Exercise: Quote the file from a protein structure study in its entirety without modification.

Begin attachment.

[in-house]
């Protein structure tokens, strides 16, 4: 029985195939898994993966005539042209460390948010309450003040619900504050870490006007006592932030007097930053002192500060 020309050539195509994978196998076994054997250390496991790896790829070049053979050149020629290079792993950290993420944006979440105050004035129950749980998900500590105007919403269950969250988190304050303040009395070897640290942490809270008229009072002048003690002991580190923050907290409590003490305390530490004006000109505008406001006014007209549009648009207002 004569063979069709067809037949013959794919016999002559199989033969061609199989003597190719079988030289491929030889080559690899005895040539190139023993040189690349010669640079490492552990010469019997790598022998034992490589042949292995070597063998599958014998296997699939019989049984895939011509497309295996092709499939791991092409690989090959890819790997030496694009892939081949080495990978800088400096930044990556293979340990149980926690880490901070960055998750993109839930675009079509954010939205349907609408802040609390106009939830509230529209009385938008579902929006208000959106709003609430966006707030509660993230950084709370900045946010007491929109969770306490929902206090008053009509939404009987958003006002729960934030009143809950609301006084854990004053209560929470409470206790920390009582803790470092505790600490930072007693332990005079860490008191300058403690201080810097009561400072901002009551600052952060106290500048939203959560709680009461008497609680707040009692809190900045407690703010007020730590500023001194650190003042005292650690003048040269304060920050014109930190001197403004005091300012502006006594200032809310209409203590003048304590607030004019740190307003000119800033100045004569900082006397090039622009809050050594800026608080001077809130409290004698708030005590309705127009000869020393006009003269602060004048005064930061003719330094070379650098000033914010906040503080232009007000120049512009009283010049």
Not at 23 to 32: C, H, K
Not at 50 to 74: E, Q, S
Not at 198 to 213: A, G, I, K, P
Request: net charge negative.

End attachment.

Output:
[in-house]
């Protein structure tokens, strides 16, 4: 029985195939898994993966005539042209460390948010309450003040619900504050870490006007006592932030007097930053002192500060 020309050539195509994978196998076994054997250390496991790896790829070049053979050149020629290079792993950290993420944006979440105050004035129950749980998900500590105007919403269950969250988190304050303040009395070897640290942490809270008229009072002048003690002991580190923050907290409590003490305390530490004006000109505008406001006014007209549009648009207002 004569063979069709067809037949013959794919016999002559199989033969061609199989003597190719079988030289491929030889080559690899005895040539190139023993040189690349010669640079490492552990010469019997790598022998034992490589042949292995070597063998599958014998296997699939019989049984895939011509497309295996092709499939791991092409690989090959890819790997030496694009892939081949080495990978800088400096930044990556293979340990149980926690880490901070960055998750993109839930675009079509954010939205349907609408802040609390106009939830509230529209009385938008579902929006208000959106709003609430966006707030509660993230950084709370900045946010007491929109969770306490929902206090008053009509939404009987958003006002729960934030009143809950609301006084854990004053209560929470409470206790920390009582803790470092505790600490930072007693332990005079860490008191300058403690201080810097009561400072901002009551600052952060106290500048939203959560709680009461008497609680707040009692809190900045407690703010007020730590500023001194650190003042005292650690003048040269304060920050014109930190001197403004005091300012502006006594200032809310209409203590003048304590607030004019740190307003000119800033100045004569900082006397090039622009809050050594800026608080001077809130409290004698708030005590309705127009000869020393006009003269602060004048005064930061003719330094070379650098000033914010906040503080232009007000120049512009009283010049």
Not at 23 to 32: C, H, K
Not at 50 to 74: E, Q, S
Not at 198 to 213: A, G, I, K, P
Request: net charge negative.